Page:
Thursday, September 22, 2011

The Last Summer Vegetable

The Sun Gold cherry tomato plant is the last survivor of the summer crops and it continues to flower and fruit. Since I like the cherries so much I'm going to let the plant linger as long as the weather allows. Once the evening temps drop to the mid 50's I'll pull it out and prepare the container for winter storage.

Bucolic Bushwick Rooftop Vegetable Garden 2011

Nothing is left near the front chimney, the last Yellow Perfection tomato plant was removed last Sunday. The smaller pots have been dried out and covered with black plastic. This will prevent weeds from establishing themselves while the pots sit unused. I'll do the same with the larger containers after they have more time to dry.

The reed fence was tied back with nylon rope. When it was supporting the combined weight of all the ripening melons I noticed the fence was pulling away from the chimney, so I decided to give it some extra support for next year.

Bucolic Bushwick Rooftop Vegetable Garden 2011

More containers waiting to dry out. The Atris peppers in the Southern Patio pot were also removed last Sunday.

The 18 gallon light blue tote, my first DIY self watering container, has been patched up with all-weather duct tape. The plastic is quite brittle from prolonged sun exposure and every time I grab an edge to move the tote around some plastic always cracks off, so I taped the rim of the tote to prolong its life. I'm going to squeeze one more year of use out of this pot and then replace it.

One of the Garden Patch Grow Boxes also got the tape treatment. Two corners of the water reservoir have cracked so the front side of the soil container is sinking into the reservoir. I'm not really worried about the soil container collapsing into the water. The other two corners, plus the two interior water wicking chambers also hold up the soil, it's just that the tilted growing surface annoys me, so I hope it doesn't get any worse.

Bucolic Bushwick Rooftop Vegetable Garden 2011

The fall crops are near the right rear chimney. In this location they get full sun exposure, plus whatever light the reflective roof of the adjacent building will bounce back onto the plants. In the summer I avoid putting plants in this location because it can get a little harsh (heat loving eggplants are the only exception), but in the fall the extra light boost is a help, not a hindrance.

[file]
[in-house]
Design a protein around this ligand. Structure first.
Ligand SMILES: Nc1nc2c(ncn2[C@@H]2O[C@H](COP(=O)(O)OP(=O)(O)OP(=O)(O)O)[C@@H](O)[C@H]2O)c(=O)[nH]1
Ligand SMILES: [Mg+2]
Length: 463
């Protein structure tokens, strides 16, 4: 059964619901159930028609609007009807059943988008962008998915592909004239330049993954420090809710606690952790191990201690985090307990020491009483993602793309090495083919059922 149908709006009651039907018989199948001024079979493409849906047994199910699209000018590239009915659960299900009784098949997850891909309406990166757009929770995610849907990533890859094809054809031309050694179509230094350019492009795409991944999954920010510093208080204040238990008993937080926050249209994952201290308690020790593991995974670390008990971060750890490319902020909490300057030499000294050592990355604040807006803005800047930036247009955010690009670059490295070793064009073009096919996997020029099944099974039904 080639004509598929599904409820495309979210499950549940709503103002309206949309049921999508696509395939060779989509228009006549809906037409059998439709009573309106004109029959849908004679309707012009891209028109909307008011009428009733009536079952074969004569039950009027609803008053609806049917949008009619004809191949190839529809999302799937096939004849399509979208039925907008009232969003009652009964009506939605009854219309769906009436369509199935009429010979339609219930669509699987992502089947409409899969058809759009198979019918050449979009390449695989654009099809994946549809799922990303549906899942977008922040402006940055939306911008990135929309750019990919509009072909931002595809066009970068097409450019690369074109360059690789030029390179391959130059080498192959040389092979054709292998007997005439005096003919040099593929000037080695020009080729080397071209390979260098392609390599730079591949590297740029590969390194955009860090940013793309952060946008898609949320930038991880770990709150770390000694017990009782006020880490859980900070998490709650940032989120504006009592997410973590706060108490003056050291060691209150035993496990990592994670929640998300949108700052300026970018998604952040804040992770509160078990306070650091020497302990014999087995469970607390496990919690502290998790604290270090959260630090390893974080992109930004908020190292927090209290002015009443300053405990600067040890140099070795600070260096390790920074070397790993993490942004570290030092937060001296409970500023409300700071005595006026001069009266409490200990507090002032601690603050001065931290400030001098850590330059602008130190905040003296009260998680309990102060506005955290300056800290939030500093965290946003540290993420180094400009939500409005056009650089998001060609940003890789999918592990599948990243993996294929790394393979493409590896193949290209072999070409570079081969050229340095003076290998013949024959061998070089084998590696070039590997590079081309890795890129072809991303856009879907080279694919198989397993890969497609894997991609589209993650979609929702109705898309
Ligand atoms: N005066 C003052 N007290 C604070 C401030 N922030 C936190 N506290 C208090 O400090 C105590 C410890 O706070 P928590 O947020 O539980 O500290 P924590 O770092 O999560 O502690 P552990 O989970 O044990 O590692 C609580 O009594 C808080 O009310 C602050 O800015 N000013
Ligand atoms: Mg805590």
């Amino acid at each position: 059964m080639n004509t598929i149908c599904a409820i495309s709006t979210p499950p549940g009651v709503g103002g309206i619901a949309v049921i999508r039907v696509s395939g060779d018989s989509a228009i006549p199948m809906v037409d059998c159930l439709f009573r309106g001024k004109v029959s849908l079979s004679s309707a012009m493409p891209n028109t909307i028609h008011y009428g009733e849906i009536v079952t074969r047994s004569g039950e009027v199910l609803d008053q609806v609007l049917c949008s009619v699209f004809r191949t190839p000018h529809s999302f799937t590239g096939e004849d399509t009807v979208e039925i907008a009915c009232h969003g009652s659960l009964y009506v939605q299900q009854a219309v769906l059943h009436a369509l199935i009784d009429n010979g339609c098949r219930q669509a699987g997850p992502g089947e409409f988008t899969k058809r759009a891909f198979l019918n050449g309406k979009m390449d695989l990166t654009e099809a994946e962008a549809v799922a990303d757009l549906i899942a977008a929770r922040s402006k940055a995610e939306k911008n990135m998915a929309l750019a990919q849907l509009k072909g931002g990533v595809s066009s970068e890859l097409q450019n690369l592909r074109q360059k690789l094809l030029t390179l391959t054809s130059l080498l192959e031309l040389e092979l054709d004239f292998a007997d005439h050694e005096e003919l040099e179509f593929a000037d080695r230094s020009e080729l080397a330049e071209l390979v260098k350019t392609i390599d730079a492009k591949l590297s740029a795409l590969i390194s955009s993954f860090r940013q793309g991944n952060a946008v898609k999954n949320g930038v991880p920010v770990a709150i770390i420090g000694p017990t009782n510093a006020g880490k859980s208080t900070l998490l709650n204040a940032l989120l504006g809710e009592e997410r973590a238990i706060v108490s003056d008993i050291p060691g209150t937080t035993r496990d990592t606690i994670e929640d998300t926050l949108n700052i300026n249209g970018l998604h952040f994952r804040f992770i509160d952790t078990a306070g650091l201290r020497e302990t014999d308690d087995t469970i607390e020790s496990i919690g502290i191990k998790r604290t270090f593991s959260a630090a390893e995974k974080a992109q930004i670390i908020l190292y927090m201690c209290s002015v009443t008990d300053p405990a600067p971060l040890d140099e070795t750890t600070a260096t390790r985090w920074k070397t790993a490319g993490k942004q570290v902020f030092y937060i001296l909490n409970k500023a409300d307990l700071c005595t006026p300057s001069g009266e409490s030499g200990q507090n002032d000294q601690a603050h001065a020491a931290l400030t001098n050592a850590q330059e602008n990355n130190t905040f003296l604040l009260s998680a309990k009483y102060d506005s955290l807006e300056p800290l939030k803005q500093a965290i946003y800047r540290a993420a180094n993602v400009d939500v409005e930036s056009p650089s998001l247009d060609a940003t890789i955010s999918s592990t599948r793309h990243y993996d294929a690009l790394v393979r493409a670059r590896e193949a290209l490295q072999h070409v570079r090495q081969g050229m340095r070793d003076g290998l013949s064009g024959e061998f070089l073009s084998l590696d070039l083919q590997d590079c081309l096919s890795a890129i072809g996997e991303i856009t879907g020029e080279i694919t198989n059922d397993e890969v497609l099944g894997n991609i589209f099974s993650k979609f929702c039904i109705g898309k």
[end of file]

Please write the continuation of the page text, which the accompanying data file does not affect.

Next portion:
The plants are also placed touching the parapet (the wall-like barrier at the edge of the roof). The parapet is made from concrete (or maybe bricks), so it absorbs heat during the day and releases it at night, which helps to keep the plants warm overnight.

Soybeans are growing in the two larger containers on the left. Turnips are in the middle container. To the right of the turnips are some radishes. To the right of the radishes are the re-sown carrot seeds, this time with plastic collars. The last batch did not have any form of shelter.

Direct sowing seeds on the rooftop clearly does not work unless you provide the seeds some kind of protection. The previous carrot seedlings were either eaten by some critter or blown away by the weather. One day they were doing fine, the next day completely gone, I wish there was a camera up here so I could see what happened to them.

What have you planted for fall?

Sept 15-Sept 21:

Cherry Tomato (Sun Gold): 4.8 ounces

Pepper (Atris): 3.4 ounces

Tomato (Yellow Perfection): 6.0 ounces

This Harvest: 14.2 ounces

Running Weight Total 2011: 52 pounds, 9.3 ounces

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  1. My sungold plant is also still doing strong. It has been pumping out little cherry tomatoes all summer longer. So prolific and a great addition to the garden! I also still have the fairytale eggplant and lilac pepper still bearing fruit!

  2. That's great Mimi, I hope the weather stays warm for awhile. Did your orange peppers finally turn orange?


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